Green groups: Prioritize zero-waste strategies to arrest release of persistent organic pollutants

( – May 16, 2021 – 12:22pm

MANILA, Philippines — Environmental health groups on Sunday urged national and local authorities to give priority to zero waste strategies that prevent and reduce the generation of persistent organic pollutants or POPs, a class of highly hazardous synthetic chemicals.

This came on the commemoration of the 17th anniversary of the entry into force of the Stockholm Convention on POPs on May 17, 2004. The treaty, of which the Philippines is a state party, seeks to protect human health and the environment from POPs through a range of measures aimed at reducing and eventually eliminating their release.

In a statement, the EcoWaste Coalition, Interfacing Development Interventions for Sustainability, and Mother Earth Foundation said that promoting zero waste strategies must be among the nation’s priority efforts to recover from the dire impacts of the COVID-19 pandemic on people’s health and livelihoods.

They added that the mere repeal of the incineration ban under the Clean Air Act or Republic Act No. 8749 and the Ecological Solid Waste Management Act or Republic Act No. 9003 was not enough. 

“We call upon the Philippines as a party to this treaty addressing global chemical pollution to prioritize zero waste strategies that are proven effective in preventing the formation and release of unintentional POPs, as well as greenhouse gas and mercury emissions,” said Thony Dizon, chemical safety campaigner at the EcoWaste Coalition.  

“While lauding the concerted multisectoral efforts dealing with POPs polychlorinated biphenyls (PCBs) and polybrominated diphenyl ethers (PBDEs), we also would like to find out where we are in terms of updating and putting our National Implementation Plan on all POPs into operation as part of the country’s strategy toward sustainable development.”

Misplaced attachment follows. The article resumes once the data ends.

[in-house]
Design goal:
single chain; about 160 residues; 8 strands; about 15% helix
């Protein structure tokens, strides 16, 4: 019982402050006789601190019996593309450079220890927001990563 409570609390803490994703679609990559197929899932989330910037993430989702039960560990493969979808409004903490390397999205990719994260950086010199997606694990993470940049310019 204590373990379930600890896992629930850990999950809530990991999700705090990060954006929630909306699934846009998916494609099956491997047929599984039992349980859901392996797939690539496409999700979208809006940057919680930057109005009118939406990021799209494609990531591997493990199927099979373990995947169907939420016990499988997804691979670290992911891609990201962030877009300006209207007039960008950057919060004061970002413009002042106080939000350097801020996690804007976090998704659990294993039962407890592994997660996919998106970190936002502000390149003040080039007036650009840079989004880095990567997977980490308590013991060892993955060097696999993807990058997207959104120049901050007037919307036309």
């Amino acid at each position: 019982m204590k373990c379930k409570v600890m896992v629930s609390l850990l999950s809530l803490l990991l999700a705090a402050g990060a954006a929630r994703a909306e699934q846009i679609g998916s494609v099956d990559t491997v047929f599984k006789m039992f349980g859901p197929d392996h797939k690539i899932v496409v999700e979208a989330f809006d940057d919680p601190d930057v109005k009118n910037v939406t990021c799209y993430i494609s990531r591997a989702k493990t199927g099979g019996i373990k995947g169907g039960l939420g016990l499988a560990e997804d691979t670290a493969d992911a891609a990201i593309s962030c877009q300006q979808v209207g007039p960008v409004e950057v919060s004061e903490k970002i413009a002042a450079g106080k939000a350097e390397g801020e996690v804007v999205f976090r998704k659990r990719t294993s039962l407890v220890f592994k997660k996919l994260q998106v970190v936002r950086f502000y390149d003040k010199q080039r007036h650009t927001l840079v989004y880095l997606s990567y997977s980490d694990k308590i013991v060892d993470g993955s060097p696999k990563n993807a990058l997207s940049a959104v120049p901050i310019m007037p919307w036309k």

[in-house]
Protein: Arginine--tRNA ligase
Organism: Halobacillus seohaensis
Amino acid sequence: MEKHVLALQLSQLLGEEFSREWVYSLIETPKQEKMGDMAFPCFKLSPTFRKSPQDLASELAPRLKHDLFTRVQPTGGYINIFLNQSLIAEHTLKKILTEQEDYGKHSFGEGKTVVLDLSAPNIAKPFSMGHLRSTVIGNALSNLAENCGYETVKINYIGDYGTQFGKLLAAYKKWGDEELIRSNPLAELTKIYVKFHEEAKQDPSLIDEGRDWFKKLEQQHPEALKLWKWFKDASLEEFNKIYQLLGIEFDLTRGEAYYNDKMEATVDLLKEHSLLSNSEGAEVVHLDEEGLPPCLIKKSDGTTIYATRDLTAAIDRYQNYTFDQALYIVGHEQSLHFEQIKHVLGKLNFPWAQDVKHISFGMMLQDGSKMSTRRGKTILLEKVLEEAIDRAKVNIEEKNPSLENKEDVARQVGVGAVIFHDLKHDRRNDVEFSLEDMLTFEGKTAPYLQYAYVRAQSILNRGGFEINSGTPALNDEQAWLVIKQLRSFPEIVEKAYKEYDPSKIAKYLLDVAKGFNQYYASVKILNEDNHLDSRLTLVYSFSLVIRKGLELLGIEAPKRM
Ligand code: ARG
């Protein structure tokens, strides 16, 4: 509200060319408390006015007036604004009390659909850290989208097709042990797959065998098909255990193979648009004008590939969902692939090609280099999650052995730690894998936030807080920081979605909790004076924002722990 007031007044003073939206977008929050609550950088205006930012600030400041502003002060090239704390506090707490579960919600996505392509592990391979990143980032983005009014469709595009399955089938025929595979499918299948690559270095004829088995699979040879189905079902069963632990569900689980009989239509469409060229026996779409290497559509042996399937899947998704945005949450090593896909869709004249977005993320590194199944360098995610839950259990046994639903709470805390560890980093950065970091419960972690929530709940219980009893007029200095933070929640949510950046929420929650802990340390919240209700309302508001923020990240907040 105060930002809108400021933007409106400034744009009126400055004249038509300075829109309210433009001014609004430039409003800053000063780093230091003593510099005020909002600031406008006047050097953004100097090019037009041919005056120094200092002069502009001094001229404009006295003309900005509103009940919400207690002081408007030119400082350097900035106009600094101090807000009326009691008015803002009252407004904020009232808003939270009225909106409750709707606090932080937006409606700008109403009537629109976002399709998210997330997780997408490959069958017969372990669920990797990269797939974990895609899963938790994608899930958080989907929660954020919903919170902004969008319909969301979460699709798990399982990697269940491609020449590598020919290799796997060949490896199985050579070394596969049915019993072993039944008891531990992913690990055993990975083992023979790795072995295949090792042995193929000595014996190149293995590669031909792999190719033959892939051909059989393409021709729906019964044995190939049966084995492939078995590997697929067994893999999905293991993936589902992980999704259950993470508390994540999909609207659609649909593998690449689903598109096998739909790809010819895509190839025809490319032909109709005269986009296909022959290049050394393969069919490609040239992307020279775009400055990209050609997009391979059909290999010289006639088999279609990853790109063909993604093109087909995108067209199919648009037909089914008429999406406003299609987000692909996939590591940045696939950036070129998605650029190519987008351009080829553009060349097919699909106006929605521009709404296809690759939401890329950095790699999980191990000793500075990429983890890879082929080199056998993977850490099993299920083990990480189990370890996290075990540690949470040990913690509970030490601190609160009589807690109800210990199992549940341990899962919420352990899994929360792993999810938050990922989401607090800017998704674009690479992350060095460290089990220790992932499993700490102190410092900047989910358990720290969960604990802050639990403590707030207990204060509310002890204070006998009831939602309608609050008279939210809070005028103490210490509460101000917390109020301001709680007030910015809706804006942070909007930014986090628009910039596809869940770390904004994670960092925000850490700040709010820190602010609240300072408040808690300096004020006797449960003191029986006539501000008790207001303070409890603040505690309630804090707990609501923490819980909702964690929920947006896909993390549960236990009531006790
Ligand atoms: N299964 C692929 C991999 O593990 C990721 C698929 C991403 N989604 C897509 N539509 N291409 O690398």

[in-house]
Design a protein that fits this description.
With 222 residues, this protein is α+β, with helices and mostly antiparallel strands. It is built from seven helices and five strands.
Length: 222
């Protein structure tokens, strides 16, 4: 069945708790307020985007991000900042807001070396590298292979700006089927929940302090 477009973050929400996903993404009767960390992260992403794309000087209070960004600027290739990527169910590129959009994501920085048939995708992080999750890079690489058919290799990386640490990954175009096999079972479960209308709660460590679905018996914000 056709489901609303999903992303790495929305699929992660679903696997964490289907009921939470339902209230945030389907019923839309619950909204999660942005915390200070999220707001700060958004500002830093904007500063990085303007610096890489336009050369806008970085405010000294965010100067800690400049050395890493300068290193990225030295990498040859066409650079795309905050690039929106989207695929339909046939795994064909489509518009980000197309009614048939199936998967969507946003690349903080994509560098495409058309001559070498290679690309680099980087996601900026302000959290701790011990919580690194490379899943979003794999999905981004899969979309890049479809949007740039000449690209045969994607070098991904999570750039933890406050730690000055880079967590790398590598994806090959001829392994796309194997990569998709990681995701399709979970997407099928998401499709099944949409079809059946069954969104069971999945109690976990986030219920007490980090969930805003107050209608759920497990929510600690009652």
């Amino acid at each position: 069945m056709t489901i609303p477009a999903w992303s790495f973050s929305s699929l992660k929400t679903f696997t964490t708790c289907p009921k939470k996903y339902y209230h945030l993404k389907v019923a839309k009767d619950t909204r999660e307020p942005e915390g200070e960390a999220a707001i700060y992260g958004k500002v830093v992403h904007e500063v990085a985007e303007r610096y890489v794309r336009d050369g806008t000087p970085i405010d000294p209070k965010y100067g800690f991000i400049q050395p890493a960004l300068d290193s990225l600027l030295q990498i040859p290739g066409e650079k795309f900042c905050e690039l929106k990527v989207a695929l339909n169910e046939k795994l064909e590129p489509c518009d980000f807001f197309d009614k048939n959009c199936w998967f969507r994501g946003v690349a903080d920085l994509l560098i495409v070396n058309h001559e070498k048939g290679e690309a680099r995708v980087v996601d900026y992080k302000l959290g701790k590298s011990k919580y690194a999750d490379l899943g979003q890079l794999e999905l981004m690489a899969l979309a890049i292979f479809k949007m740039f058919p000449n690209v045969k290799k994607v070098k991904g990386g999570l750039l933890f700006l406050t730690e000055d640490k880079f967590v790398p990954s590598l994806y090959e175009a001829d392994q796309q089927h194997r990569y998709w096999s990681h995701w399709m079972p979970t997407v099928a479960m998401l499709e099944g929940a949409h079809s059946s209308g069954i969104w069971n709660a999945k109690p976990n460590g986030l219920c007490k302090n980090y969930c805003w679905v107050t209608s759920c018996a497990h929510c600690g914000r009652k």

National priority efforts urged

According to the International Pollutants Elimination Network (IPEN), which includes the EcoWaste Coalition, IDIS and MEF among its members, “POPs are recognized as a serious, global threat to human health and to ecosystems.”  

“Zero waste strategies, including waste avoidance and reduction, segregation at source, recycling of non-biodegradable discards, composting or digesting of organic materials, reuse and repair, extended producer responsibility, product redesign and  clean production, effectively reduce pollution, while conserving energy and resources, creating jobs, and advancing community development,” stated Sonia Mendoza, Chairman, MEF.

“In lieu of waste-to-energy incineration that is disturbingly being pushed in both houses of the 18th Congress and in some localities, we appeal to decision makers to divert their attention to mainstreaming zero waste strategies and action plans, with adequate budget support, to counter proposals to construct costly landfills and incinerators for burying or burning wastes,” said Atty. Mark Peñalver, Executive Director, IDIS.

Among these POPs are unintentionally produced pollutants such as:

  • dioxins and furans resulting from combustion and industrial processes, 
  • open burning of trash,
  • the incineration of municipal, medical and hazardous wastes,
  • cement kilns firing hazardous waste.

According to the groups, POPs can remain intact in the environment for long periods of time, can travel great distances through air and water, can bio-accumulate in the food chain, and have adverse effects on human health and the environment.   

Exposure to POPs, which are highly toxic to both humans and wildlife, has been linked to the disruption of the immune system, neurological disorders, reproductive abnormalities, cancers and other diseases.

A living treaty where new POPs are added following rigorous review procedures, the Stockholm Convention started with an initial list of “dirty dozen” POPs. Currently, there are 30 POPs listed.

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